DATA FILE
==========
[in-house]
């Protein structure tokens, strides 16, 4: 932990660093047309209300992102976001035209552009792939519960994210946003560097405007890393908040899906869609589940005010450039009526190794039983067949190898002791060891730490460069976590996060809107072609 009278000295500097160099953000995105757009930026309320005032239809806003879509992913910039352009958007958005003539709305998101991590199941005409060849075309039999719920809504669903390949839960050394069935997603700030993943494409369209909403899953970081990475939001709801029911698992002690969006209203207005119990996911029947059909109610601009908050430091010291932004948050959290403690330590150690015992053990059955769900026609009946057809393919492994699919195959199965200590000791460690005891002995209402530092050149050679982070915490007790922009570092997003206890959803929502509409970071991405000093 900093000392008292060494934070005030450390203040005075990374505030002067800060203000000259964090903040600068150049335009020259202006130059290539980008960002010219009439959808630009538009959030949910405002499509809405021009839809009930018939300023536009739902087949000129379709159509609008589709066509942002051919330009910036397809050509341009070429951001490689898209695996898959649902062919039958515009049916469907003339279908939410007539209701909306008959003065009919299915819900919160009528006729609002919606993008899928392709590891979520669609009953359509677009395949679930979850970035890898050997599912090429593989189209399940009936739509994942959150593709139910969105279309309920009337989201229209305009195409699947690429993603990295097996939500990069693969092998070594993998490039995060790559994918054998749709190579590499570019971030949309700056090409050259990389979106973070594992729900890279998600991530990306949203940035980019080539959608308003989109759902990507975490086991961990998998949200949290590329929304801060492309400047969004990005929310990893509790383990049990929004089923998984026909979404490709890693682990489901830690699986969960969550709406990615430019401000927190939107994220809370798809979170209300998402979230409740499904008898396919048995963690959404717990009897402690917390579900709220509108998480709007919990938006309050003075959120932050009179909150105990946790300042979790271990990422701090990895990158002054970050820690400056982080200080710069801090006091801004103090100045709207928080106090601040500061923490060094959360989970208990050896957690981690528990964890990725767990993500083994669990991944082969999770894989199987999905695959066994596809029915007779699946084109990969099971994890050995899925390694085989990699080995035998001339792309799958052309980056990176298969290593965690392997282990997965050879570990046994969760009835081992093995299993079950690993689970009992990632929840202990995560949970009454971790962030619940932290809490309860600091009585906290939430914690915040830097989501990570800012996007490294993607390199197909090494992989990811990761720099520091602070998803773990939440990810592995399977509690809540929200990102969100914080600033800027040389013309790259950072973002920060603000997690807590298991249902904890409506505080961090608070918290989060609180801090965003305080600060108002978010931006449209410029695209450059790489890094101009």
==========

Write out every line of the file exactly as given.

[in-house]
């Protein structure tokens, strides 16, 4: 932990660093047309209300992102976001035209552009792939519960994210946003560097405007890393908040899906869609589940005010450039009526190794039983067949190898002791060891730490460069976590996060809107072609 009278000295500097160099953000995105757009930026309320005032239809806003879509992913910039352009958007958005003539709305998101991590199941005409060849075309039999719920809504669903390949839960050394069935997603700030993943494409369209909403899953970081990475939001709801029911698992002690969006209203207005119990996911029947059909109610601009908050430091010291932004948050959290403690330590150690015992053990059955769900026609009946057809393919492994699919195959199965200590000791460690005891002995209402530092050149050679982070915490007790922009570092997003206890959803929502509409970071991405000093 900093000392008292060494934070005030450390203040005075990374505030002067800060203000000259964090903040600068150049335009020259202006130059290539980008960002010219009439959808630009538009959030949910405002499509809405021009839809009930018939300023536009739902087949000129379709159509609008589709066509942002051919330009910036397809050509341009070429951001490689898209695996898959649902062919039958515009049916469907003339279908939410007539209701909306008959003065009919299915819900919160009528006729609002919606993008899928392709590891979520669609009953359509677009395949679930979850970035890898050997599912090429593989189209399940009936739509994942959150593709139910969105279309309920009337989201229209305009195409699947690429993603990295097996939500990069693969092998070594993998490039995060790559994918054998749709190579590499570019971030949309700056090409050259990389979106973070594992729900890279998600991530990306949203940035980019080539959608308003989109759902990507975490086991961990998998949200949290590329929304801060492309400047969004990005929310990893509790383990049990929004089923998984026909979404490709890693682990489901830690699986969960969550709406990615430019401000927190939107994220809370798809979170209300998402979230409740499904008898396919048995963690959404717990009897402690917390579900709220509108998480709007919990938006309050003075959120932050009179909150105990946790300042979790271990990422701090990895990158002054970050820690400056982080200080710069801090006091801004103090100045709207928080106090601040500061923490060094959360989970208990050896957690981690528990964890990725767990993500083994669990991944082969999770894989199987999905695959066994596809029915007779699946084109990969099971994890050995899925390694085989990699080995035998001339792309799958052309980056990176298969290593965690392997282990997965050879570990046994969760009835081992093995299993079950690993689970009992990632929840202990995560949970009454971790962030619940932290809490309860600091009585906290939430914690915040830097989501990570800012996007490294993607390199197909090494992989990811990761720099520091602070998803773990939440990810592995399977509690809540929200990102969100914080600033800027040389013309790259950072973002920060603000997690807590298991249902904890409506505080961090608070918290989060609180801090965003305080600060108002978010931006449209410029695209450059790489890094101009």